EXPLAINER: Could balloons power uncensored internet in Cuba?

AP Technology Writer

Florida’s Republican governor, Ron DeSantis, called this week on the administration of President Joe Biden to greenlight a plan to transmit the internet to people in Cuba via high-altitude balloons when their government has blocked access.


Yes. For years, Alphabet — the parent company of Google — worked to perfect an internet-balloon division service called Loon. It shut down that project in January, saying it wasn’t commercially viable.

Prior to the shutdown, Loon balloons had been providing service in mountainous areas in Kenya through a partnership with a local telecom, Telkom Kenya. The service also helped provide wireless communications in Puerto Rico in the aftermath of Hurricane Maria, which destroyed the island’s mobile network. Loon partnered with AT&T to make service available.


The Loon balloons were effectively cell towers the size of a tennis court. They floated 60,000 to 75,000 feet, or 11 to 14 miles (18,000- 23,000 meters, or 18-22 kilometers), above the Earth, well above commercial jetliner routes. Made of the commonplace plastic polyethylene, the balloons used solar panels for electricity and could deliver service to smartphones in partnership with a local telecom.

Each balloon could serve thousands of people, the company said. But they had to be replaced every five months or so because of the harsh conditions in the stratosphere. And the balloons could be difficult to control. “Navigating balloons through the stratosphere has always been hard,” wrote Salvatore Candido, who had been chief technology officer for Loon, in a December 2020 blog post. The company created algorithms that tracked wind patterns.


Loon had said that beyond the balloons themselves, it needed network integration with a telecom to provide service and some equipment on the ground in the region. It also needed permission from local regulators — something that the Cuban government isn’t likely to grant.


Yes. Loon used multiple balloons to extend connections beyond the necessary ground link. In one 2018 test, Loon said the connection jumped 1,000 kilometers, or about 620 miles, over 7 balloons. Another time, it bridged a wireless connection over 600 kilometers, or about 370 miles, between two balloons. Cuba and Florida are only about 100 miles (160 kilometers) apart at their closest.


But experts aren’t sure it would be that easy to set up a guerrilla internet service for Cuba this way. It would need an unused band of spectrum, or radio frequencies, to transmit a connection to Cuba, and spectrum use is typically controlled by national governments. Anyone trying this would have to find a free block of spectrum that wouldn’t be interfered with, said Jacob Sharony, of Mobius Consulting, a mobile and wireless consulting firm.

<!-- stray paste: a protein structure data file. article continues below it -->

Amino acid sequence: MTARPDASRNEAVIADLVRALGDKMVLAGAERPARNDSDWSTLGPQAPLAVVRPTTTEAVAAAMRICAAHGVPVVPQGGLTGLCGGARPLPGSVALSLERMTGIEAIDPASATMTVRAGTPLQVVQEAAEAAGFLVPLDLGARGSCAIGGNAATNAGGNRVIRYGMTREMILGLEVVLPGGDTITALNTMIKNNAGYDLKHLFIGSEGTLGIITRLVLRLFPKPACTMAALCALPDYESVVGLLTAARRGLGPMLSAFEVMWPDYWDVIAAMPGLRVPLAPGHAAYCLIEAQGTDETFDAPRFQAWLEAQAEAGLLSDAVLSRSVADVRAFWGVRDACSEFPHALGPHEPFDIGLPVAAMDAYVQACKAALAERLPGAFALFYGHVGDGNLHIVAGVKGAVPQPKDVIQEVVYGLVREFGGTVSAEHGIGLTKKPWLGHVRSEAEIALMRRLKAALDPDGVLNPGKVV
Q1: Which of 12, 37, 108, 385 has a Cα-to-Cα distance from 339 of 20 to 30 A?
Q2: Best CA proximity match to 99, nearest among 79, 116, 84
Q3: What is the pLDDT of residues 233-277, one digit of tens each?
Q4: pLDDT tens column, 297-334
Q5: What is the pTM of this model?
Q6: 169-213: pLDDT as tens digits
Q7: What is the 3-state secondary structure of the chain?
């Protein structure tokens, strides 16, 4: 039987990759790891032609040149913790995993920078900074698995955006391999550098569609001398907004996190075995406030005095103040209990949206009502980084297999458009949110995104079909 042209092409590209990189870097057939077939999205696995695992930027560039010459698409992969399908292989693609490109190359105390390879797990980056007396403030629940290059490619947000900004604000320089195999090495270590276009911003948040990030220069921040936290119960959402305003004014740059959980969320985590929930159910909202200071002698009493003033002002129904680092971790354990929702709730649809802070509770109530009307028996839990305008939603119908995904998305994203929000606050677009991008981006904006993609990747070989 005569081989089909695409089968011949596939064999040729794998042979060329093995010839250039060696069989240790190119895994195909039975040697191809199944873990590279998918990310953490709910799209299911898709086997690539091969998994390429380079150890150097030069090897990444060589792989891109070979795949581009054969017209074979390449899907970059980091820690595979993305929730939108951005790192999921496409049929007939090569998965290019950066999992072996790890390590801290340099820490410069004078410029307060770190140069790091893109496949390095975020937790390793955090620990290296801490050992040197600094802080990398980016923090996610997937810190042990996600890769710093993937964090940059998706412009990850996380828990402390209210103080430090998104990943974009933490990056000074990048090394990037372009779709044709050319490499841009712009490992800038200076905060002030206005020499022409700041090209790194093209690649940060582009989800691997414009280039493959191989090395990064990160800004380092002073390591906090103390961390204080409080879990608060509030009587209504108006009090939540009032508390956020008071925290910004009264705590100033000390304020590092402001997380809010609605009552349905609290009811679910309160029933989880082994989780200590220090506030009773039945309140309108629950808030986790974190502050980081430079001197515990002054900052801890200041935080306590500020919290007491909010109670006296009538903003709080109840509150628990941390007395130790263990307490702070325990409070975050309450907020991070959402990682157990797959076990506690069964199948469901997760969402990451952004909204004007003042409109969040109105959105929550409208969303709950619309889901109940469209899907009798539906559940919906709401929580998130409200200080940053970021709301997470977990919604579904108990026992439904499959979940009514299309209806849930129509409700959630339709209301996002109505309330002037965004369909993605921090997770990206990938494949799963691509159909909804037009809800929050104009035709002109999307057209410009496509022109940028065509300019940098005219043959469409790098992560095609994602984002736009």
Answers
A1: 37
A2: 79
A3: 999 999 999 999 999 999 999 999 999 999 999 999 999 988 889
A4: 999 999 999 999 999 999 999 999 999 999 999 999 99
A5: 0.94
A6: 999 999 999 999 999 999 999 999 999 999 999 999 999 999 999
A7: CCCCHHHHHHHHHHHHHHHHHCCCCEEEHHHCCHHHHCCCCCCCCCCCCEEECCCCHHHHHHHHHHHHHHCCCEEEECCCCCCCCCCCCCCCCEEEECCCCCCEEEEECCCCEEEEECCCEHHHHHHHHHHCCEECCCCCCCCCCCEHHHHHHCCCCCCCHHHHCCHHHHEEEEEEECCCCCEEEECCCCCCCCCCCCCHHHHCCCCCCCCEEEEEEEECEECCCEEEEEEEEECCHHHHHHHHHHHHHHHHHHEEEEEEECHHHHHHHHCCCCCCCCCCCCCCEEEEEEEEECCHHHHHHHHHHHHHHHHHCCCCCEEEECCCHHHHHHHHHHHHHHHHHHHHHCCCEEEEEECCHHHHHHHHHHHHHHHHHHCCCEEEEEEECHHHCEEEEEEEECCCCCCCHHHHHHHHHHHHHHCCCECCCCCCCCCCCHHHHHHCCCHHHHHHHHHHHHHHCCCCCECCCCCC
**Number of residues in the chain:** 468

Balloon- or drone-powered networks aren’t likely to be economical over the long term, said Tim Farrar of TMF Associates, a satellite communications consultant. While they’re suitable for bridging communications amid disasters or in war zones, the transmission capabilities of such networks isn’t large — “certainly not enough to serve the entire population of Cuba or anything like that,” Farrar said.

Another challenge: The Cuban government could also try to jam the signal.


DeSantis promoted the balloon idea Thursday alongside two Cuban-American members of Congress from the Miami area, Reps. Maria Salazar and Carlos Gimenez, FCC commissioner Brendan Carr and Cuban-American lawyer, businessman and museum director Marcell Felipe.

Felipe said he has been talking for about two years with a defense contractor who could deploy such balloons in a cost-effective way in airspace near Cuba, but declined to name the company. Felipe said his idea would involve transmitting internet connectivity directly to mobile phones on the island without the participation of any ground provider. In comments to The Associated Press, Felipe claimed it wouldn’t be feasible for the Cuban government to block these balloon-delivered signals “in any significant manner,” though he didn’t cite any evidence.

None of the supporters provided a cost estimate. Salazar said that if the federal government endorsed the plan, she believes it could be funded entirely with contributions from members of the Cuban diaspora if necessary.


Internet access in Cuba has been expensive and relatively rare until recently. Starting in December 2018, Cubans could get internet access on their phones through the state telecom monopoly. More than half of Cubans today have internet access.

But the Cuban government restricts independent media and censors what’s available to Cubans online, according to Human Rights Watch. It disrupts internet access in an attempt to head off protests.


AP Miami news director Ian Mader contributed to this article.

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